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In 2010, the U.S. federal government launched its ambitious Federal Data Center Consolidation Initiative (FDCCI), with the aim to close 40% of its 3,133 data centers by 2015. That’s 1,253 data centers – in 5 years.
Reports are that the effort isn’t quite on track, but at the Schneider Electric Xperience Efficiency 2013 event early this month in Washington, D.C., Jay Owen hosted a session that offered a strategy for how any large organization can achieve significant data center consolidation quickly and with minimal up-front expense. I caught up with Owen, who is VP of Government Sales for Schneider, for a quick video interview during which he explained the idea.
Essentially, the strategy is to enable organizations to consolidate multiple existing data centers into one already existing data center, Owen says. The idea is to carve out a section of an existing data center and implement a hot aisle containment system in order to enable that section to handle more IT load. Alternatively, the company could use modular, high-density data center pods to achieve the same result. All the infrastructure from the other facilities goes into the pod.
“Over time, as IT equipment refreshes, you go to more of these high density pods and it dramatically increases data center efficiency and allows you to do consolidate for a minimal cost,” Owen says.
The pods don’t need to be fed by the power and cooling infrastructure that services the rest of the data center and don’t require raised floor or air supply, he noted during the session. And their power usage effectiveness (PUE) rating is typically less than 1.4, whereas the average PUE in a federal data center is 2 or more – approaching 3 in some cases.
One of the primary drivers for that increased efficiency is the cooling infrastructure. Many older data centers are designed with much lower power density and use perimeter cooling systems. Using close-coupled cooling and containment systems is far more efficient because it eliminates the mixing of hot air exhaust with cool air coming from the air conditioning systems.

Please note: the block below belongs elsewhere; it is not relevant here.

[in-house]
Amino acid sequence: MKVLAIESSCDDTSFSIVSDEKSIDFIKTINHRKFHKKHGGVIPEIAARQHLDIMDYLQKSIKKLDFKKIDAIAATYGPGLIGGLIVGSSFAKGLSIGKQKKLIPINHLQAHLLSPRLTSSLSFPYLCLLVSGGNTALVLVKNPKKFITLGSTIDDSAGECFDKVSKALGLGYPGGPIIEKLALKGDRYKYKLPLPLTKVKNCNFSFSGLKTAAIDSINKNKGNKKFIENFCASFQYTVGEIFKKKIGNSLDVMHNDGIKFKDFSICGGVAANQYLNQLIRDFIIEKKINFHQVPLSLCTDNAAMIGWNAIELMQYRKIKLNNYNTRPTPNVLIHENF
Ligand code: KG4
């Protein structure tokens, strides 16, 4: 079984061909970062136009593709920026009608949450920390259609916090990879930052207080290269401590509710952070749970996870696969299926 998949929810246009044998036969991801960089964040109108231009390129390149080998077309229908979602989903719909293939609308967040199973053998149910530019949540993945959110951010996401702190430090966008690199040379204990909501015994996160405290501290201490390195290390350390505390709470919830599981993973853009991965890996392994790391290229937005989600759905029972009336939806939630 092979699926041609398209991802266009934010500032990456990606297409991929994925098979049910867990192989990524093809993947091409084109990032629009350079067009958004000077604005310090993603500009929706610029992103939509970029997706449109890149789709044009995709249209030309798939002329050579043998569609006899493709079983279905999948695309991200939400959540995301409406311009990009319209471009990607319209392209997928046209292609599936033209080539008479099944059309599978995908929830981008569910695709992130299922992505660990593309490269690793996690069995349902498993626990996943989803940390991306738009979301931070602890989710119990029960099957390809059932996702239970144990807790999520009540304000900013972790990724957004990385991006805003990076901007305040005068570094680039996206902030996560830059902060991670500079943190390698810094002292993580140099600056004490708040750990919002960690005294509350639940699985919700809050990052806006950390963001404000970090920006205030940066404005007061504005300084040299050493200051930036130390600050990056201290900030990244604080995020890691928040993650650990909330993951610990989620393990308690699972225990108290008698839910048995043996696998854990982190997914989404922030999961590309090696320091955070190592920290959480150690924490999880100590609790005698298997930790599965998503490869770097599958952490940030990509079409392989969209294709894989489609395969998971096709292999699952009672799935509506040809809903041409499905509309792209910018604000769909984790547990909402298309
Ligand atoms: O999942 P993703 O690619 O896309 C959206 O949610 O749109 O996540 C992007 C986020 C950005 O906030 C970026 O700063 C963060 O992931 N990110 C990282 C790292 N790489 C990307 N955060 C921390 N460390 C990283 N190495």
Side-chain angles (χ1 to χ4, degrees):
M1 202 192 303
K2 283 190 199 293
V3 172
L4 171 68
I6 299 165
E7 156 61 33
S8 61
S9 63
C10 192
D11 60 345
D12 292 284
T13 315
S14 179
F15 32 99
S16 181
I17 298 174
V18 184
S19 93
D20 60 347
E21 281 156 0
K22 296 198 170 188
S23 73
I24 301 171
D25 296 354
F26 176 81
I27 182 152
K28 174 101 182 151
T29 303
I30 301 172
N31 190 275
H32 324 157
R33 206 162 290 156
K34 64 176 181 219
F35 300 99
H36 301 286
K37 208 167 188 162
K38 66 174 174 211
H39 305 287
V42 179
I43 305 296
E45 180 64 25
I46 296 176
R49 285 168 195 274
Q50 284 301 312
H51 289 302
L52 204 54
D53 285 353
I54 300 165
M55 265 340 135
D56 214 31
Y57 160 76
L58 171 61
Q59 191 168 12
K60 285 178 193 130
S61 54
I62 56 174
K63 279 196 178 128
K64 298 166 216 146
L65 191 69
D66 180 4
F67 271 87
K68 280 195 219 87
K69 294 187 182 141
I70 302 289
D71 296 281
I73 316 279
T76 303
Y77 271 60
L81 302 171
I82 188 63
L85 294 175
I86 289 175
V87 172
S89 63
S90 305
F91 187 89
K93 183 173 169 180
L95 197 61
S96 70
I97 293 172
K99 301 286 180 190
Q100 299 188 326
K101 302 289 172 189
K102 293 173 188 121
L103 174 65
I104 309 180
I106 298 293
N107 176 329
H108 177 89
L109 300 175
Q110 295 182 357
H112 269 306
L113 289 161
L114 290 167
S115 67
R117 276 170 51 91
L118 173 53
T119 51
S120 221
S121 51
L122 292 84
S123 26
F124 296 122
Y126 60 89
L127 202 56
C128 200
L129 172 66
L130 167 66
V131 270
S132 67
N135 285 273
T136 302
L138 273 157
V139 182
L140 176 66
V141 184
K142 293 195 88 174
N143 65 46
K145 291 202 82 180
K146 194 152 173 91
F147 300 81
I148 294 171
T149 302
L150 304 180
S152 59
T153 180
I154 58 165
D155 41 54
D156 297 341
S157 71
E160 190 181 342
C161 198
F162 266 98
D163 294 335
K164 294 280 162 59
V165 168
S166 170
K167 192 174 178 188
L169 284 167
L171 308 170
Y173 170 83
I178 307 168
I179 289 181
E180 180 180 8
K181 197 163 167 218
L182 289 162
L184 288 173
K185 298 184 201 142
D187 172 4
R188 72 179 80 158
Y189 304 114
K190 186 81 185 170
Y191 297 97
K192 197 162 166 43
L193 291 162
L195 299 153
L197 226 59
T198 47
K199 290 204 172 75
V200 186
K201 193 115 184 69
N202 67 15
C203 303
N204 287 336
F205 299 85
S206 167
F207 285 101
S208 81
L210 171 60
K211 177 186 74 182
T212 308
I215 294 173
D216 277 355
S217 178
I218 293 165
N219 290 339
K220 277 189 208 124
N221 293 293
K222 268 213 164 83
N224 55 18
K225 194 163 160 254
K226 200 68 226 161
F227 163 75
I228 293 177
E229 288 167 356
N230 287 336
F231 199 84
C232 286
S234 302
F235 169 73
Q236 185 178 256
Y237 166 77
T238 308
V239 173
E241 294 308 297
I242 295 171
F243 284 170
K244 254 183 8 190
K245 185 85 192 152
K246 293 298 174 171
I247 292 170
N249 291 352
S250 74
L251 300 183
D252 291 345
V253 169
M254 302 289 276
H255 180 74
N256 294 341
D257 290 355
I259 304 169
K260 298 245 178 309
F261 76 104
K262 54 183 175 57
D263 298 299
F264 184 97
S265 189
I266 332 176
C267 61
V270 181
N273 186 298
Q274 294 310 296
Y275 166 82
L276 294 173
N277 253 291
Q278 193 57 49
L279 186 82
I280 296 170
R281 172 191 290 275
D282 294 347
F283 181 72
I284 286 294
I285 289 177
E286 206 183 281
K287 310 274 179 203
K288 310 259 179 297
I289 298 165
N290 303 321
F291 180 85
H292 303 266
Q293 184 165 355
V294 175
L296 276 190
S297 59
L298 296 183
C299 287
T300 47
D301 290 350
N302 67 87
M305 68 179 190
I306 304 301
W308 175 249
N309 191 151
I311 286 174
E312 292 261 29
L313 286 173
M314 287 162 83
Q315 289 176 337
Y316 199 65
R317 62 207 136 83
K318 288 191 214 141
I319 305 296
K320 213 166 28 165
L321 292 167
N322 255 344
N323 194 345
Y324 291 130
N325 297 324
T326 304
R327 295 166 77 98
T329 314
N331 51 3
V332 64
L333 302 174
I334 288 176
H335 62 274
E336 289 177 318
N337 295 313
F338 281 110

Owen also explained how federal government agencies are taking advantage of energy savings performance contracts (ESPC) to fund the consolidation effort. “An ESPC is a mechanism where you can fund energy improvement or savings projects using private financing and it’s paid for through utility savings over time,” Owen says. The strategy is common practice in the government space, although it’s typically used to fund construction of whole buildings or campuses; it’s relatively new in the data center space. “As a provider, we’re trying to educate customers that you can use this type of a mechanism to accomplish data center consolidation,” he says.
You can also turn to Schneider for services to help with all kinds of data center work, from actually operating the data center to determining the best approach to consolidation. “Helping the customer figure out where to get started with the consolidation, which data center would be best to consolidate into and how you go about performing the upgrades are all areas where our professional services group can help out,” Owen says.
The Dallas edition of Xperience Efficiency 2013 wraps up this Thursday, June 20. Check it out to learn more about how Schneider can help with all sorts of data center projects.